4. I really like the first line “I want to sink bells into the pond.” It brings up so many questions of how one would get to that want.

  5. I like the atmosphere and the images within it. The idea of swimming with a silver bell snake and hearing it underwater is dreamlike and pleasant.

  6. Beverly Crawford says

    I love the magical mystery of selkies and your poem reminded me of them. I had not heard the story of the bells, but it will remain in my thought bank!

  7. Shawna says

    This is gorgeous!

    I especially like:
    “I’ll slip out onto the decking,
    strip down to my silver skin.
    Drop like a stone or a witch
    into the quiet cold of a place”

  8. I enjoyed your bells in the lake an the snakes rippling across the water.
    Tonight is the night to go skinny dippin’ It is a full Super Moon that will be watching!!

  9. There is something magical about this. I really like: “Then at night when the moon lifts,
    / turns her face to watch, / I’ll slip out onto the decking, / strip down to my silver skin.”

  10. Wow! The underwater bells remind me of Dunwich and a church that disappeared in the sea along the coast not far from here. This is a haunting poem, which pulls the reader underwater. I love the ripples that look like scales ‘on the back of an endless snake’, and the wonderful shift into moonlight and the ominous dive ‘into the quiet cold of a place’, which makes me wonder if the speaker will rise out of the water again. She wants to be heard or seen for what she really is. I suspect she is a mermaid or a selkie.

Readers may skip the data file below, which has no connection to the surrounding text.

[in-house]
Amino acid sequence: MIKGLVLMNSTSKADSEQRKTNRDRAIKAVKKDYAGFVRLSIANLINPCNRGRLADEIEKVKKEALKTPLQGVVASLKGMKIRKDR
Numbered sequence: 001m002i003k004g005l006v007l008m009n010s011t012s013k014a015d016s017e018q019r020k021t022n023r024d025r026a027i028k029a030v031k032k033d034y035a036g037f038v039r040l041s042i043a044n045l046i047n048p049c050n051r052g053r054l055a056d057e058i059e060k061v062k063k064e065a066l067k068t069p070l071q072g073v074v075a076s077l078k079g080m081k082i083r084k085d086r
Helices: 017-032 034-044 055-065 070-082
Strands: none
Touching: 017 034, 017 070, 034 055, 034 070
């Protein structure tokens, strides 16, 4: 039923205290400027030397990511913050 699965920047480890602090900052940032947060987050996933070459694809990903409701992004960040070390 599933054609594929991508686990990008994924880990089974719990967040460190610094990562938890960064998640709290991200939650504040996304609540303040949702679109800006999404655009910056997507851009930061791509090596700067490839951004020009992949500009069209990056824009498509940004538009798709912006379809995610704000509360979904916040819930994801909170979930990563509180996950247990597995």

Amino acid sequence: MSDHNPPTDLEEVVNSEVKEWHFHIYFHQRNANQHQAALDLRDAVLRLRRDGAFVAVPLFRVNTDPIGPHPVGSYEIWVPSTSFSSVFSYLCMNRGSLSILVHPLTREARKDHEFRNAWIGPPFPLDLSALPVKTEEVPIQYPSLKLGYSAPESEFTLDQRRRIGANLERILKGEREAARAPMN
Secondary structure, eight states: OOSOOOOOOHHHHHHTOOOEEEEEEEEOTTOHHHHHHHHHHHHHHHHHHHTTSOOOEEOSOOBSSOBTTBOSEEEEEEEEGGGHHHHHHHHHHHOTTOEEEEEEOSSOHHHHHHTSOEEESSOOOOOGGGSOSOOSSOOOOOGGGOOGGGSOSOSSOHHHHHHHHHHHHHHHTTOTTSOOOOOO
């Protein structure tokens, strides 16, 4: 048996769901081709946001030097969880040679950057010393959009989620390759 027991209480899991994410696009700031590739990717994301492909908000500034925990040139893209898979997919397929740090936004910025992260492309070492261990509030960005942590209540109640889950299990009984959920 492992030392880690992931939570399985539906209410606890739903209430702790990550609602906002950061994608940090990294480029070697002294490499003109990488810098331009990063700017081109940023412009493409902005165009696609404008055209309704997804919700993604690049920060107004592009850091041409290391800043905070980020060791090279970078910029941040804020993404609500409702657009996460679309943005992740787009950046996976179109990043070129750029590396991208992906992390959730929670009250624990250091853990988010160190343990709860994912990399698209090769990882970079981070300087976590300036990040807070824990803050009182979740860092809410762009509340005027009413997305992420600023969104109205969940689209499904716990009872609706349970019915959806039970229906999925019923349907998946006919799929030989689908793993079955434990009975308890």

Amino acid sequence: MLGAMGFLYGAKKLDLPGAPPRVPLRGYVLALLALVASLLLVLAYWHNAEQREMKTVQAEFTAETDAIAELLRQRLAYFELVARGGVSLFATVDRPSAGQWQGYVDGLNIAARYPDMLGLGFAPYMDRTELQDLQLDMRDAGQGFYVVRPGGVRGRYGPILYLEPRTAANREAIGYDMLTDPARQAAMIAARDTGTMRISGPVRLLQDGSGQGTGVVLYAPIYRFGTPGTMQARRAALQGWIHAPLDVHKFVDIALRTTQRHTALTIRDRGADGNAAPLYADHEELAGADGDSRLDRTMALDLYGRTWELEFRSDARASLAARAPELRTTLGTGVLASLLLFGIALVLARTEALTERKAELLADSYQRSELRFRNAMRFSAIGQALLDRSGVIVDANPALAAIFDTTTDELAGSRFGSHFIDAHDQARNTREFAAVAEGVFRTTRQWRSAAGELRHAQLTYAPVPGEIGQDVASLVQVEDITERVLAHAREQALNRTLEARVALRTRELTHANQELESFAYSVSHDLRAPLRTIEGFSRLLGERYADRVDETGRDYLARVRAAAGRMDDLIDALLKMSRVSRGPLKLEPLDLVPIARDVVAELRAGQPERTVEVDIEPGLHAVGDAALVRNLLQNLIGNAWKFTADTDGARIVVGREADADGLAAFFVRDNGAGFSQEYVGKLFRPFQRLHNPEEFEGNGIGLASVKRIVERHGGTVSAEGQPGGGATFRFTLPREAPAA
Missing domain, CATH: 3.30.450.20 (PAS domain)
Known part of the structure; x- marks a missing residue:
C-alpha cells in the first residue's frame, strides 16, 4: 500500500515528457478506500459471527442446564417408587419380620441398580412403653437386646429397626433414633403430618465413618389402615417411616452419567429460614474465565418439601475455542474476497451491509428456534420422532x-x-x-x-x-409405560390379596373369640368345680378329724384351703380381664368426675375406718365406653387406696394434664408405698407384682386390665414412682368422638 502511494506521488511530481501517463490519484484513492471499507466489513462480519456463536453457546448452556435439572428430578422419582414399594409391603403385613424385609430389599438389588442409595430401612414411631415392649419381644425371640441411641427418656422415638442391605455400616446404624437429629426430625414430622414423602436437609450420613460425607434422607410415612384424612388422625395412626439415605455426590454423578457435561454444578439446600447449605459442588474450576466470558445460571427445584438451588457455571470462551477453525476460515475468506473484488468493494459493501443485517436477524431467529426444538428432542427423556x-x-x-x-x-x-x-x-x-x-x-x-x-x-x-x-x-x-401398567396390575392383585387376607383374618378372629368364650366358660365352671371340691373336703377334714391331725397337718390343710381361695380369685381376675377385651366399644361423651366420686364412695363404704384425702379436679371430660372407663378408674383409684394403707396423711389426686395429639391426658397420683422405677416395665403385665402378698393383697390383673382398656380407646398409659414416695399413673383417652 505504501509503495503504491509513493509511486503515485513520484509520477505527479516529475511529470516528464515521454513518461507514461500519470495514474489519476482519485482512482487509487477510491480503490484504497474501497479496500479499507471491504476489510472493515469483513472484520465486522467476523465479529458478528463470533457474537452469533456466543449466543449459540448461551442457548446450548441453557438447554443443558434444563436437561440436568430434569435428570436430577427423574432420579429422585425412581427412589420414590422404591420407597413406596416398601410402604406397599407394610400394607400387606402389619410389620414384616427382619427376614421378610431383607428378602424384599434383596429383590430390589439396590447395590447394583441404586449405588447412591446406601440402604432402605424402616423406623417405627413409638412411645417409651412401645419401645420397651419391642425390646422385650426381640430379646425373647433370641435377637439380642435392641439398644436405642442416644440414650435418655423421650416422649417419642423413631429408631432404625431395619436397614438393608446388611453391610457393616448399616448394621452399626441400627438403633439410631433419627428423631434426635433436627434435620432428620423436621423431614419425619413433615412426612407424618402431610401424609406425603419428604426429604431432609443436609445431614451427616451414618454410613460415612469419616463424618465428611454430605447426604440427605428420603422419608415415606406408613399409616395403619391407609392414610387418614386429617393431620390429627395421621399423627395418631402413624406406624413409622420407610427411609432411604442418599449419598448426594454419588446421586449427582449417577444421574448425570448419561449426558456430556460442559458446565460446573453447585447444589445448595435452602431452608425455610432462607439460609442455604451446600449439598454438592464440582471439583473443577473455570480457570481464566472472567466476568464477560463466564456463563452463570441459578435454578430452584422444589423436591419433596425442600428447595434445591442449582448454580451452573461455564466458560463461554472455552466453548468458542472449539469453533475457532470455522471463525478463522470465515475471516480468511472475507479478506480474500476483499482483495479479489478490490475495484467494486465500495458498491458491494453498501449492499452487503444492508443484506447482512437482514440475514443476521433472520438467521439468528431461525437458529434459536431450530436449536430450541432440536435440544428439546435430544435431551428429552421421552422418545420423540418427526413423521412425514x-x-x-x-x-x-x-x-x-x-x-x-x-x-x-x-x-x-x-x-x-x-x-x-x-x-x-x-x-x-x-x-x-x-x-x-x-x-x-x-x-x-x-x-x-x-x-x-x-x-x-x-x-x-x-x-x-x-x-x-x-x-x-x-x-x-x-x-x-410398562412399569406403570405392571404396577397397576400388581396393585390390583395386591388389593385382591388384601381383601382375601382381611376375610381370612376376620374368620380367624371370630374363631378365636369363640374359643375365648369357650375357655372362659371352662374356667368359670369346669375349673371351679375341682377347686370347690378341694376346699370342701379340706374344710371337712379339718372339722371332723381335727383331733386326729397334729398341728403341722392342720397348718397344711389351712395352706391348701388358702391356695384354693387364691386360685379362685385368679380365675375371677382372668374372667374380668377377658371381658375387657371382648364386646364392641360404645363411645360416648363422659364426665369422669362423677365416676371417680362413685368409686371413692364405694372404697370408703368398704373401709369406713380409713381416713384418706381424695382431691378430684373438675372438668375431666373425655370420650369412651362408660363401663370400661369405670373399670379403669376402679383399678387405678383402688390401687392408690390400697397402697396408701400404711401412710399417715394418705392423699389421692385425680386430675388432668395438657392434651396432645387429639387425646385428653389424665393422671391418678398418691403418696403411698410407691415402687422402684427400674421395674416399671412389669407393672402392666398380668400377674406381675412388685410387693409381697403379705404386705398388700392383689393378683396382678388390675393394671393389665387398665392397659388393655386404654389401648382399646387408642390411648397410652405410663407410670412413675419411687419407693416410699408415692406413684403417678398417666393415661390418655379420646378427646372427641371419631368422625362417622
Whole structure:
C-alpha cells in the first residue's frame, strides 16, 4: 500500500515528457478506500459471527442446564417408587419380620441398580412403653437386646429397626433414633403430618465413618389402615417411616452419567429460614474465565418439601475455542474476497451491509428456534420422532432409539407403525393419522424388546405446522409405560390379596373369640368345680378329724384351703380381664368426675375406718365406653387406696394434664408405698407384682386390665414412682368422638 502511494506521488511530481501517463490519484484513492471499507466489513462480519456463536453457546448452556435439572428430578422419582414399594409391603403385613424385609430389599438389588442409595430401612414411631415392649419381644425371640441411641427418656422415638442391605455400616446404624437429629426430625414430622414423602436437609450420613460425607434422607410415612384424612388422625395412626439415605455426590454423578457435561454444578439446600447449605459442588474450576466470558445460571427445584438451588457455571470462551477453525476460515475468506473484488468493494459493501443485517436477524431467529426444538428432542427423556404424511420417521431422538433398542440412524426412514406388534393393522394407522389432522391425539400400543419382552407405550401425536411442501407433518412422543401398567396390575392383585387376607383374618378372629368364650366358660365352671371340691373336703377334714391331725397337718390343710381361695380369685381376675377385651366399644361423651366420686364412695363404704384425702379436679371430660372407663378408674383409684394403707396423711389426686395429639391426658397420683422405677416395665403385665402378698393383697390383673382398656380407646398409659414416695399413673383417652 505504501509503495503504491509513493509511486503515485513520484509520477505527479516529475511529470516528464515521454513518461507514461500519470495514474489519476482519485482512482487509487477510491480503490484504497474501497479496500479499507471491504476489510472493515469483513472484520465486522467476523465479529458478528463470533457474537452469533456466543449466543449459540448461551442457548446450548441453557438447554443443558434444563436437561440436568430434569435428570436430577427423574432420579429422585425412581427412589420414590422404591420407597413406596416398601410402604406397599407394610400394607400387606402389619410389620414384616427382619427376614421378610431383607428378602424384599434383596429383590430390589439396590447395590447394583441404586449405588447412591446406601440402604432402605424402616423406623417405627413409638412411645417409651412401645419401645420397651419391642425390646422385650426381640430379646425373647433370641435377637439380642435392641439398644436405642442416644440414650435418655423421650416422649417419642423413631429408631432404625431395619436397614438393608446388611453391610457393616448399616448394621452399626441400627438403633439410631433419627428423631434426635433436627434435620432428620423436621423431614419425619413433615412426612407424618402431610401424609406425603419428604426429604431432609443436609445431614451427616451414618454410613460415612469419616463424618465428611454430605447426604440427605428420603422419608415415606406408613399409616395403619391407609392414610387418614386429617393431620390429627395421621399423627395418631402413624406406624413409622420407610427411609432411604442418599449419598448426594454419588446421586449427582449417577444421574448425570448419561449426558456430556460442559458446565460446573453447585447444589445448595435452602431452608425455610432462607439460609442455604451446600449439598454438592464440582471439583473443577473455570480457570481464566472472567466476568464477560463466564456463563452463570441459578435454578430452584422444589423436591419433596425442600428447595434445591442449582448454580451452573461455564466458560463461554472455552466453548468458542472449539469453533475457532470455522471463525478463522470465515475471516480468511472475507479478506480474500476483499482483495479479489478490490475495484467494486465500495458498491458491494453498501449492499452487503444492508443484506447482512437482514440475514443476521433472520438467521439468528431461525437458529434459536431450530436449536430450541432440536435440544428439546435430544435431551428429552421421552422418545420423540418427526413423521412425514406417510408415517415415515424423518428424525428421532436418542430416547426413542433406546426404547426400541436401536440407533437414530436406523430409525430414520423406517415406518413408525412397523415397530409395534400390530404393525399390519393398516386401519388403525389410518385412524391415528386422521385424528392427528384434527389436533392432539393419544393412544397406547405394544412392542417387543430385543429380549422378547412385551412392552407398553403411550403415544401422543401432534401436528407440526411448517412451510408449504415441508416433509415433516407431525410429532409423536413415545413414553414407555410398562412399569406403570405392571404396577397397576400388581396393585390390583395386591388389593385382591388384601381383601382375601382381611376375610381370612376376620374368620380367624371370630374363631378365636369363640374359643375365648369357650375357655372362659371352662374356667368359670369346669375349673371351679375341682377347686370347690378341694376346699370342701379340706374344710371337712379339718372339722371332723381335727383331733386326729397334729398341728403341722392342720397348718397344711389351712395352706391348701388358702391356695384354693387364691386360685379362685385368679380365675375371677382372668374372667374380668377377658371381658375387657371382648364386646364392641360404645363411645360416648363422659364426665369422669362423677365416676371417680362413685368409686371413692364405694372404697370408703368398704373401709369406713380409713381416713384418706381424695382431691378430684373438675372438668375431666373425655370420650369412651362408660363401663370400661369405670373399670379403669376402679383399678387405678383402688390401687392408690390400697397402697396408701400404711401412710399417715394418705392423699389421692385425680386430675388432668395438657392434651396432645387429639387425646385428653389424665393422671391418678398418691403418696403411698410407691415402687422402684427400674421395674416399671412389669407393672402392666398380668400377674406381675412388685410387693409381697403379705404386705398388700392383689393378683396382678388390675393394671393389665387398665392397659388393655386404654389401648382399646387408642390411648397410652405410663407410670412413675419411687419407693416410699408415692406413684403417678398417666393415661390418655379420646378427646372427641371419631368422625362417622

• There is folklore about a mermaid in Shropshire. I’m really enjoying getting to read more about the stories, and there is some fantastic poetry inspired by them.

  11. I love the way you capture the lure of myth folklore and fairy tales. The poem seems like a metaphor for that attraction to magic and mystery which I also share. And yet the poem stands alone, a story in itself. My favorite line is “a place/ not quite what I wish of it.” IT’s so important in Faerie to speak precisely and be very careful of what an dhow we wish for things. In addition NOTHING is ever exactly as we would wish it – I like that acknowledgement – it grounds the poem in reality. (Reality meaning the way thinss are- NOT lack of the liminal.)

    • Thank you Christine. I’ve been lucky enough to find a vibrant community who share my love of local folklore, so I often find interesting links and recommendations through their facebook page. I think writing quite often opens people up to magic and myth in such a unique way. When you look at churchs in the countryside you can also find the ghosts of older beliefs tucked away.
      Thank you again for dropping by and hope you’re keeping well.

    • Thank you Bjorn. When I first started looking to Shropshire folklore I wrote a poem about how so many of the stories run back to water, even in a landlocked county.

  12. Such a lovely poem, and the photo makes me want to hold my breath whenever I look at it. Thanks for this post.